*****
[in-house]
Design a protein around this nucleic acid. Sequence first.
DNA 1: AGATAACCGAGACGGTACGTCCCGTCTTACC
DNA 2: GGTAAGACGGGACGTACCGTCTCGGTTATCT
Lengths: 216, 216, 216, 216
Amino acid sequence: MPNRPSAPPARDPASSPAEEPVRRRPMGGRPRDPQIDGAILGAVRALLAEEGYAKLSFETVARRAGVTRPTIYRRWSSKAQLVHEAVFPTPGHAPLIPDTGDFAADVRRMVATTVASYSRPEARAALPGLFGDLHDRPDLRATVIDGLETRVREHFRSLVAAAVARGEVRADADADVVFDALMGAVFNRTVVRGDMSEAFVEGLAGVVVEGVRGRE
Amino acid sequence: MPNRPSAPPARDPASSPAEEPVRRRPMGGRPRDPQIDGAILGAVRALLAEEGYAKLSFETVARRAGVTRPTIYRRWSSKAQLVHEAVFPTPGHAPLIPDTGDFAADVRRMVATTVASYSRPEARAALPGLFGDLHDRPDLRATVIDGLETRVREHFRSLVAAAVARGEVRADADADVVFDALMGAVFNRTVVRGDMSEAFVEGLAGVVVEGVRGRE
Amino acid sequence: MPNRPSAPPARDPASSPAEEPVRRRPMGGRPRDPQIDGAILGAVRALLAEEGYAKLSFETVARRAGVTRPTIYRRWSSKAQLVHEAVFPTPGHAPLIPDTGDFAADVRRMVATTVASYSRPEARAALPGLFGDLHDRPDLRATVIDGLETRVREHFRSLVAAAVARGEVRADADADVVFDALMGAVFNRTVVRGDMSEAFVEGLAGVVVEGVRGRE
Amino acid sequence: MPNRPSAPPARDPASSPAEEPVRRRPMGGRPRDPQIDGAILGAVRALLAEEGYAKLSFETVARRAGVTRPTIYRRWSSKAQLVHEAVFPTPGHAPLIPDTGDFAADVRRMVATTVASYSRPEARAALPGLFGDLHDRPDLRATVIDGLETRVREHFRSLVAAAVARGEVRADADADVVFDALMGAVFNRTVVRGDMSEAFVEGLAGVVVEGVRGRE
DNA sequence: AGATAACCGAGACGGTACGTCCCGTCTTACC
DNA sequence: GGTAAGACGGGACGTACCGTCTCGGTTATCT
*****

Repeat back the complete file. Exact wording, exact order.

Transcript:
[in-house]
Design a protein around this nucleic acid. Sequence first.
DNA 1: AGATAACCGAGACGGTACGTCCCGTCTTACC
DNA 2: GGTAAGACGGGACGTACCGTCTCGGTTATCT
Lengths: 216, 216, 216, 216
Amino acid sequence: MPNRPSAPPARDPASSPAEEPVRRRPMGGRPRDPQIDGAILGAVRALLAEEGYAKLSFETVARRAGVTRPTIYRRWSSKAQLVHEAVFPTPGHAPLIPDTGDFAADVRRMVATTVASYSRPEARAALPGLFGDLHDRPDLRATVIDGLETRVREHFRSLVAAAVARGEVRADADADVVFDALMGAVFNRTVVRGDMSEAFVEGLAGVVVEGVRGRE
Amino acid sequence: MPNRPSAPPARDPASSPAEEPVRRRPMGGRPRDPQIDGAILGAVRALLAEEGYAKLSFETVARRAGVTRPTIYRRWSSKAQLVHEAVFPTPGHAPLIPDTGDFAADVRRMVATTVASYSRPEARAALPGLFGDLHDRPDLRATVIDGLETRVREHFRSLVAAAVARGEVRADADADVVFDALMGAVFNRTVVRGDMSEAFVEGLAGVVVEGVRGRE
Amino acid sequence: MPNRPSAPPARDPASSPAEEPVRRRPMGGRPRDPQIDGAILGAVRALLAEEGYAKLSFETVARRAGVTRPTIYRRWSSKAQLVHEAVFPTPGHAPLIPDTGDFAADVRRMVATTVASYSRPEARAALPGLFGDLHDRPDLRATVIDGLETRVREHFRSLVAAAVARGEVRADADADVVFDALMGAVFNRTVVRGDMSEAFVEGLAGVVVEGVRGRE
Amino acid sequence: MPNRPSAPPARDPASSPAEEPVRRRPMGGRPRDPQIDGAILGAVRALLAEEGYAKLSFETVARRAGVTRPTIYRRWSSKAQLVHEAVFPTPGHAPLIPDTGDFAADVRRMVATTVASYSRPEARAALPGLFGDLHDRPDLRATVIDGLETRVREHFRSLVAAAVARGEVRADADADVVFDALMGAVFNRTVVRGDMSEAFVEGLAGVVVEGVRGRE
DNA sequence: AGATAACCGAGACGGTACGTCCCGTCTTACC
DNA sequence: GGTAAGACGGGACGTACCGTCTCGGTTATCT